Williams: …and that he could halt the experiment if problems appear. Most importantly, they would determine if the mice would ever get released here.
Esvelt: To be clear, this project will only move forwards if the community supports it at every step of the way.
Williams: He tells them he would first perform a field test on an isolated island to check that the new gene is working and the altered mice are causing no problems. Only then would he propose releasing them on Nantucket.
But for his new gene to spread throughout the mouse population, he would need to release a lot of engineered mice.
Esvelt: It might mean releasing say a hundred-thousand mice on Nantucket.
Williams: It would take that many to spread the Lyme-resistant gene effectively.
Richard Cooper: : What happens to the actual population, the mouse population, itself? I mean that's just going to keep growing and growing and growing.
Telford: Actually, no.
Williams: Although residents are concerned by the numbers, Sam Telford assures them the mice population will stay in check.
Telford: Something is out there that's regulating them. Disease is regulating them. There's a, a mite, a mange mite that is regulating them.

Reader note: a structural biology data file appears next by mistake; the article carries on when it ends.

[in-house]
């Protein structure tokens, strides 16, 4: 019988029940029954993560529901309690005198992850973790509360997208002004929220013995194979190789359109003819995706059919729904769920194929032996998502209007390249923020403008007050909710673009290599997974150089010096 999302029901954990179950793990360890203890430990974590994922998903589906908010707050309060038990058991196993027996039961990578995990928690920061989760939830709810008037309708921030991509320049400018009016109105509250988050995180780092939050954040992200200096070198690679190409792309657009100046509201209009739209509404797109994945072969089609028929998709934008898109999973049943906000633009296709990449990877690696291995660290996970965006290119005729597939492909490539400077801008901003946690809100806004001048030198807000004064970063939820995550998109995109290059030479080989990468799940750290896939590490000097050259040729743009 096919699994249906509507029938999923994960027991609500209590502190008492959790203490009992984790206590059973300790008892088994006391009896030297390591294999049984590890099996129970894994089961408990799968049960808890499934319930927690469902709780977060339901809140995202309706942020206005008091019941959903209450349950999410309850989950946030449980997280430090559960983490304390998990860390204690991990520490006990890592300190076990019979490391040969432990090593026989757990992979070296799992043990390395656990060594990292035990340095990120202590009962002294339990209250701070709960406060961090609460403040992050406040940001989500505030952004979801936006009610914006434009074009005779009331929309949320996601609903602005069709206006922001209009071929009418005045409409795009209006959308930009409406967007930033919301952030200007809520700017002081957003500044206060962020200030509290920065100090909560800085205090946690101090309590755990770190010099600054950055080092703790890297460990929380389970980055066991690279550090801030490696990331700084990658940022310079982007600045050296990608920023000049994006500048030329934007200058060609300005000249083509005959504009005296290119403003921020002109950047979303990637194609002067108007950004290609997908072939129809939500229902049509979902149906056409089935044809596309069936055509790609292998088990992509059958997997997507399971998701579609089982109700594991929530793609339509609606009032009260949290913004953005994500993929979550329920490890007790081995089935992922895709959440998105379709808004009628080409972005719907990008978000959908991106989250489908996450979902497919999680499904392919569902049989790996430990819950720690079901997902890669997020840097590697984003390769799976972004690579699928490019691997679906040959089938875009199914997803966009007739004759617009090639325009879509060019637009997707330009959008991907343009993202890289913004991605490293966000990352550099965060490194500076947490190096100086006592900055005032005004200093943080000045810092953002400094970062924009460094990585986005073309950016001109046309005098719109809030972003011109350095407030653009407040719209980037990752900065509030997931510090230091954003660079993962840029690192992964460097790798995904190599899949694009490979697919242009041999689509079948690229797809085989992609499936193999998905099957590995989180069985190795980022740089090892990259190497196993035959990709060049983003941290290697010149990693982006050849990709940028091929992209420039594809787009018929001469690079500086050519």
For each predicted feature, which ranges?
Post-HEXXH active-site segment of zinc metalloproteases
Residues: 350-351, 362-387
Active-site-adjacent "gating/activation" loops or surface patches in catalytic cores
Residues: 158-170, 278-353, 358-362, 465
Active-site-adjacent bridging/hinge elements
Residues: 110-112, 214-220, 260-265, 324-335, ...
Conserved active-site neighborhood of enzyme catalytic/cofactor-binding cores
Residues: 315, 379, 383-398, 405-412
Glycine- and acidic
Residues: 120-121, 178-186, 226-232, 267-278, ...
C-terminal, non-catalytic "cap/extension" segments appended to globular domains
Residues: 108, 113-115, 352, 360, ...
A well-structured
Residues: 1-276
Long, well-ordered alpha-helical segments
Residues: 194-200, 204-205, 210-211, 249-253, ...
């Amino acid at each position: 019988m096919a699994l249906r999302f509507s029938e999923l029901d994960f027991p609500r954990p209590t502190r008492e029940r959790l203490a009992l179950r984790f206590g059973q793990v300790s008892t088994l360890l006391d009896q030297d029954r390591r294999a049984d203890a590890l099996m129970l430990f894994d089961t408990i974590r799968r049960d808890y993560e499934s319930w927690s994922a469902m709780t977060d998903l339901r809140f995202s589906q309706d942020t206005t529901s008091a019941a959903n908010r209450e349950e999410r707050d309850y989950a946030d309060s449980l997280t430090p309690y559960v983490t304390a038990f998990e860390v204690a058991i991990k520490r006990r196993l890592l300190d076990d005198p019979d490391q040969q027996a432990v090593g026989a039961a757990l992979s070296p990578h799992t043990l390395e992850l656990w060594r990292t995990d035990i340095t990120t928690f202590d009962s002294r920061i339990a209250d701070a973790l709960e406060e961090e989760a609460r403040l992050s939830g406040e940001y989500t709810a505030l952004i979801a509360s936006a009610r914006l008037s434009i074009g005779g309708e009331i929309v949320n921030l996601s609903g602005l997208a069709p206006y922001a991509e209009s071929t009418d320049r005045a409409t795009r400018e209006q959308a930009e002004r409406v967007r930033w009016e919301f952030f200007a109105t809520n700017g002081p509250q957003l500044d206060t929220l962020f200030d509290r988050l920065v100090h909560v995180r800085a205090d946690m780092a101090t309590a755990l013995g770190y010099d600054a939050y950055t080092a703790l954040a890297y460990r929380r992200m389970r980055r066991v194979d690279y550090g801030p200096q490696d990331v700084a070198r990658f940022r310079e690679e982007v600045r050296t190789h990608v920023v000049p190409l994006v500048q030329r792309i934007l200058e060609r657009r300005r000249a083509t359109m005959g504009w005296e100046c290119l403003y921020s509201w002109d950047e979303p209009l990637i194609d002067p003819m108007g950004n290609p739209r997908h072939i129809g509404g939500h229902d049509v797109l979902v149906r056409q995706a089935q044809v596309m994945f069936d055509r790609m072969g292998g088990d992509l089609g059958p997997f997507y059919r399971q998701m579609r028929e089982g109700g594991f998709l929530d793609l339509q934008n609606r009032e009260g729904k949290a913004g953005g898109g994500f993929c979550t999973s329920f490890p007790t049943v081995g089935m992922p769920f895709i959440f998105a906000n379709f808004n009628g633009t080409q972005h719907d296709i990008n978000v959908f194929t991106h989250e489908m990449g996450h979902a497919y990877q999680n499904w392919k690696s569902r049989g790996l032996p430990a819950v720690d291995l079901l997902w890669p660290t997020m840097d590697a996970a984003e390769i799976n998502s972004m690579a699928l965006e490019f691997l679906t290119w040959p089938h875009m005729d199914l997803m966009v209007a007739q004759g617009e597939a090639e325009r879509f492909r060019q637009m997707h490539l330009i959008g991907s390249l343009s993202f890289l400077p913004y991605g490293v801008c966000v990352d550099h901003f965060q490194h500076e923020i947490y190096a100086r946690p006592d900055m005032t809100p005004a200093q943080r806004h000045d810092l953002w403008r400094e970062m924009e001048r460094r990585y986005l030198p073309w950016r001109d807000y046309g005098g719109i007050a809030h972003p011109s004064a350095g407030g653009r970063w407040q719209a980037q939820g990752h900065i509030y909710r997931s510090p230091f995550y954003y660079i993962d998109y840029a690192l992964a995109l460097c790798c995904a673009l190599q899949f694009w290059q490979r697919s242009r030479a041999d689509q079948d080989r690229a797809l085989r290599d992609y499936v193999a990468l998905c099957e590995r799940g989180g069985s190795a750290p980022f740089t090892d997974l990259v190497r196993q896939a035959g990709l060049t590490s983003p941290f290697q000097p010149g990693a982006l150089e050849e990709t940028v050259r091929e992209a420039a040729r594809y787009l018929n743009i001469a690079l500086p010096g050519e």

Williams: But even one G.M.O. mouse is still alarming for some.
Danica Conners: This is rapid, rapid man-made evolution.
Roberto Santamaria: Some people think that genetically modified organisms should never be done. They think that people like Kevin are playing God.
Conners: We don't know what effect it's going to have 15 years, 20 years, 25 years down the line.
Williams: But Kevin's cautious, open science approach seems to be winning the day.
Esvelt: If you were to run these kinds of experiments the way science is traditionally done, behind closed doors, you'd be denying people a voice in decisions intended to eventually affect them.
Timothy Lepore: Devin, why don't you come on down?
Williams: Islanders have given Kevin the go ahead to engineer the mice. But with a Nantucket release years away, there are no hard choices for them to make, yet. Still, residents here are so fed up with Lyme disease, if the field test does go well, Kevin's grand experiment could go all the way.
Kevin Esvelt is walking in the footsteps of those early pioneers who engineered bacteria to make insulin for diabetics. Today, we have the capacity to alter the genomes of every living thing. So, the potential rewards, and the risks, of genetic engineering have never been greater.
- NOVA Wonders Can We Make Life?